These are just 2 stories of patients of The Children's Trust who have gone onto to do amazing things - things they never thought possible - following Brain injury.
Boy with brain injury passes A-levels to secure place at University
Despite being diagnosed with a brain tumour the size of a golf ball four years ago, Alex Barton from Hertfordshire achieved a distinction in Applied Science and A Levels in Geography and Geology, securing him a place at the University of Leicester.
Now 19, Alex is over the moon with his results and university place which, at one point, looked as though would never be possible. Alex has deferred his place for a year and will start at the University of Leicester in 2018 where he will study Applied and Environmental Geology and hopes to be a geologist in the future. Until then, he intends to enjoy a year away from studying and is currently in the US where he viewed the recent solar eclipse and to mine for diamonds.
Alex’s Dad, Miles, said: “I am so proud of Alex, he's truly amazing. There were lots of tears when he collected his results. We are sure The Children's Trust helped him on his way. We cannot thank them enough.”
Dalton Leong, Chief Executive at The Children’s Trust, said: “Alex is a very brave and optimistic young man and he has worked very hard. He thoroughly deserves this result and we are sure he will have a bright and successful future. We are very grateful for the invaluable contribution he makes to The Children’s Trust, helping to raise money for the charity and supporting and inspiring other young people with brain injury.”
Alex was 15 when he noticed a weakness in his right hand was preventing him from playing his guitar properly. An MRI scan and biopsy revealed an inoperable brain tumour the size of a golf ball sitting on his brainstem. Alex received proton beam therapy in the USA to try to stop the tumour in its tracks. He returned home a few months later, but soon after became unwell and needed emergency surgery to drain a large build-up of fluid that damaged his brain.
Alex stayed at The Children’s Trust for three months of intensive neuro-rehabilitation, accessing therapies to help improve his cognition, communication and confidence including occupational therapy, speech and language therapy and play therapy. As a result of his brain injury, Alex faces some ongoing challenges. He still suffers with memory problems and fatigue. Alex is heavily involved with The Children’s Trust, helping to raise awareness of brain injury and inspire other young people not to give up on their dream.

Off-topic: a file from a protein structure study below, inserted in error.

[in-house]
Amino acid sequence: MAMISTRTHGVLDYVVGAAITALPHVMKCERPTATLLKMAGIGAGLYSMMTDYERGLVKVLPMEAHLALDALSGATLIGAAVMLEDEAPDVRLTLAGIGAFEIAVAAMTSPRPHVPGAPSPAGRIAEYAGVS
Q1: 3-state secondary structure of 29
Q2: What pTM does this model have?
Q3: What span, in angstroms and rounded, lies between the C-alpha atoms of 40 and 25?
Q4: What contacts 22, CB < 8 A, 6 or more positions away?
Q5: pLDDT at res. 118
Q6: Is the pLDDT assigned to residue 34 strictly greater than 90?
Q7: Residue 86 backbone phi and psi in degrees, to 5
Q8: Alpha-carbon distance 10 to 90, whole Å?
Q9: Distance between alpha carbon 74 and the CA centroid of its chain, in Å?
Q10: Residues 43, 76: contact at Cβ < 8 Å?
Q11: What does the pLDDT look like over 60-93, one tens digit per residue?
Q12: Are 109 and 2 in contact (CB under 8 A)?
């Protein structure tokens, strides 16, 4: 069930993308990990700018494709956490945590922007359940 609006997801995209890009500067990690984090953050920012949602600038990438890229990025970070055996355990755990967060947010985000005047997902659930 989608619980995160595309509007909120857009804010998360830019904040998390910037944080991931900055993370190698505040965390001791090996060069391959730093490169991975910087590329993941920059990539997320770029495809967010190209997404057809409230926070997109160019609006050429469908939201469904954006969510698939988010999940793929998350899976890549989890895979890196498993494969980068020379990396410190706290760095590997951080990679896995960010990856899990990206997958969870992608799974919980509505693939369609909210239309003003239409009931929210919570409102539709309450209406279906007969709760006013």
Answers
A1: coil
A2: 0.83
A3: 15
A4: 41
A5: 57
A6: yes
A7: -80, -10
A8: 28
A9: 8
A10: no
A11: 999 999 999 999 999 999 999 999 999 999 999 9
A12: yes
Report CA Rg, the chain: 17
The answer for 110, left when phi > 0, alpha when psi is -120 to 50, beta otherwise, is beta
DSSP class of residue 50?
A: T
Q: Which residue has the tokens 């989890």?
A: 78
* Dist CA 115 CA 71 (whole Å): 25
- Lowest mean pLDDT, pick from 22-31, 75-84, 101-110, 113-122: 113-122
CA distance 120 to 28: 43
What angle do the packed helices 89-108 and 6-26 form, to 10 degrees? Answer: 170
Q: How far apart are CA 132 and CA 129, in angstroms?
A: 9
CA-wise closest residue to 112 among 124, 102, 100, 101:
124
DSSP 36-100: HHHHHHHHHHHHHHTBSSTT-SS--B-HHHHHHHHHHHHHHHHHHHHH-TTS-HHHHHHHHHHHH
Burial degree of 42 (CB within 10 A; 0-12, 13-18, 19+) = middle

Young man with brain injury completes triathlon in aid of The Children’s Trust
Chief Executive of The Children's Trust, Dalton Leong, Mark Smith and Ryan Smith with their medals after the triathlon.
Ryan Smith, 20, aka the blonde warrior, completed a 20km bike ride as part of the Superhero Series on Saturday 9 August, to help raise money for the charity that supported him following a brain injury.
Organised by former Paralympian and ambassador of The Children’s Trust Sophia Warner, the Superhero Series took place at Dorney Lake in Windsor. Ryan’s team included father Mark who swam 750m and Chief Executive of The Children’s Trust, Dalton Leong, who took on a 5km run.
The challenge was no mean feat for Ryan, from Skegness, who was involved in a road accident whilst cycling to work four years ago. Ryan was lucky to survive the accident, but a life changing brain injury has left him severely disabled. Ryan received nine months of intensive rehabilitation at The Children’s Trust, the UK's leading charity for children with brain injury, where he relearned key skills such as sitting up, eating and talking. Ryan and his family have been closely involved with the charity ever since.
Mark explains: "Brain injury is life-long. Ryan's doing really well but he's got a long way to go. The Superhero Series was a great opportunity to show his progress and take part in a challenge with other people, disabled and non-disabled alike. It was fantastic for us both to be able to do this in honour of The Children's Trust too. And we did it! I’m just so proud of him. It was such a heart-warming event.”
Dalton Leong, Chief Executive of The Children’s Trust, said: “Ryan is a very brave and optimistic young man. He has worked very hard at his rehabilitation, never giving up and overcoming huge challenges. It was a truly inspiring event, where people of all ages and abilities can take part. The Children’s Trust is incredibly grateful to Mark and Ryan for the contribution they make in helping us to raise money for the charity and for inspiring other young people with brain injury. I was honoured to be part of Team Smith.”
Ryan, Mark and Dalton took part in the Superhero Series as part of #MyBrave, The Children’s Trust campaign which encourages everyone to go outside of their comfort zone, take on a challenge and do something brave to help raise money for children with brain injury. If you would like to take part in a #MyBrave challenge visit www.mybrave.co.uk
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